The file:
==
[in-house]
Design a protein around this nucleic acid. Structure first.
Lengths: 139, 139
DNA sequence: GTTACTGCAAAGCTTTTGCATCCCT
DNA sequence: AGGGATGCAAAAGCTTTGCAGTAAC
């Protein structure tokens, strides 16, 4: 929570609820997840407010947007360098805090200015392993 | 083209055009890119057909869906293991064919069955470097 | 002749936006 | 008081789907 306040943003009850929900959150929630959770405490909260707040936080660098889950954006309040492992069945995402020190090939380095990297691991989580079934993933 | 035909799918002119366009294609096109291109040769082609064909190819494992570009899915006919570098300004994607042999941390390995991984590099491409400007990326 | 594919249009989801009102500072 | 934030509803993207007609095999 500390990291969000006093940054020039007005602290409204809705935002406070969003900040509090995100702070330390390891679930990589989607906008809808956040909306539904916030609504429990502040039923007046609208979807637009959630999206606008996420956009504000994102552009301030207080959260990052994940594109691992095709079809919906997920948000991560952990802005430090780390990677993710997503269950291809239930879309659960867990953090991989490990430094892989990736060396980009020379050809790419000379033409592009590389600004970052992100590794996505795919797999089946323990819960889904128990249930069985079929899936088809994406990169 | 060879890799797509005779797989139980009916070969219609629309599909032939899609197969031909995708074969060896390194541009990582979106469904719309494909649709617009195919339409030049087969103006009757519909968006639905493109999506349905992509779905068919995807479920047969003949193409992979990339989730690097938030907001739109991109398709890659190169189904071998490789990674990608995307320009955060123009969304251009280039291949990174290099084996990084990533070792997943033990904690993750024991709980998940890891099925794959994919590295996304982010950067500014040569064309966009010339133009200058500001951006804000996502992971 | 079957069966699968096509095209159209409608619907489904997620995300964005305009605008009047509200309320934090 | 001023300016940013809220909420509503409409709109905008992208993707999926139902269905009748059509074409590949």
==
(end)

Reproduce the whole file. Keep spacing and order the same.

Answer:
[in-house]
Design a protein around this nucleic acid. Structure first.
Lengths: 139, 139
DNA sequence: GTTACTGCAAAGCTTTTGCATCCCT
DNA sequence: AGGGATGCAAAAGCTTTGCAGTAAC
């Protein structure tokens, strides 16, 4: 929570609820997840407010947007360098805090200015392993 | 083209055009890119057909869906293991064919069955470097 | 002749936006 | 008081789907 306040943003009850929900959150929630959770405490909260707040936080660098889950954006309040492992069945995402020190090939380095990297691991989580079934993933 | 035909799918002119366009294609096109291109040769082609064909190819494992570009899915006919570098300004994607042999941390390995991984590099491409400007990326 | 594919249009989801009102500072 | 934030509803993207007609095999 500390990291969000006093940054020039007005602290409204809705935002406070969003900040509090995100702070330390390891679930990589989607906008809808956040909306539904916030609504429990502040039923007046609208979807637009959630999206606008996420956009504000994102552009301030207080959260990052994940594109691992095709079809919906997920948000991560952990802005430090780390990677993710997503269950291809239930879309659960867990953090991989490990430094892989990736060396980009020379050809790419000379033409592009590389600004970052992100590794996505795919797999089946323990819960889904128990249930069985079929899936088809994406990169 | 060879890799797509005779797989139980009916070969219609629309599909032939899609197969031909995708074969060896390194541009990582979106469904719309494909649709617009195919339409030049087969103006009757519909968006639905493109999506349905992509779905068919995807479920047969003949193409992979990339989730690097938030907001739109991109398709890659190169189904071998490789990674990608995307320009955060123009969304251009280039291949990174290099084996990084990533070792997943033990904690993750024991709980998940890891099925794959994919590295996304982010950067500014040569064309966009010339133009200058500001951006804000996502992971 | 079957069966699968096509095209159209409608619907489904997620995300964005305009605008009047509200309320934090 | 001023300016940013809220909420509503409409709109905008992208993707999926139902269905009748059509074409590949």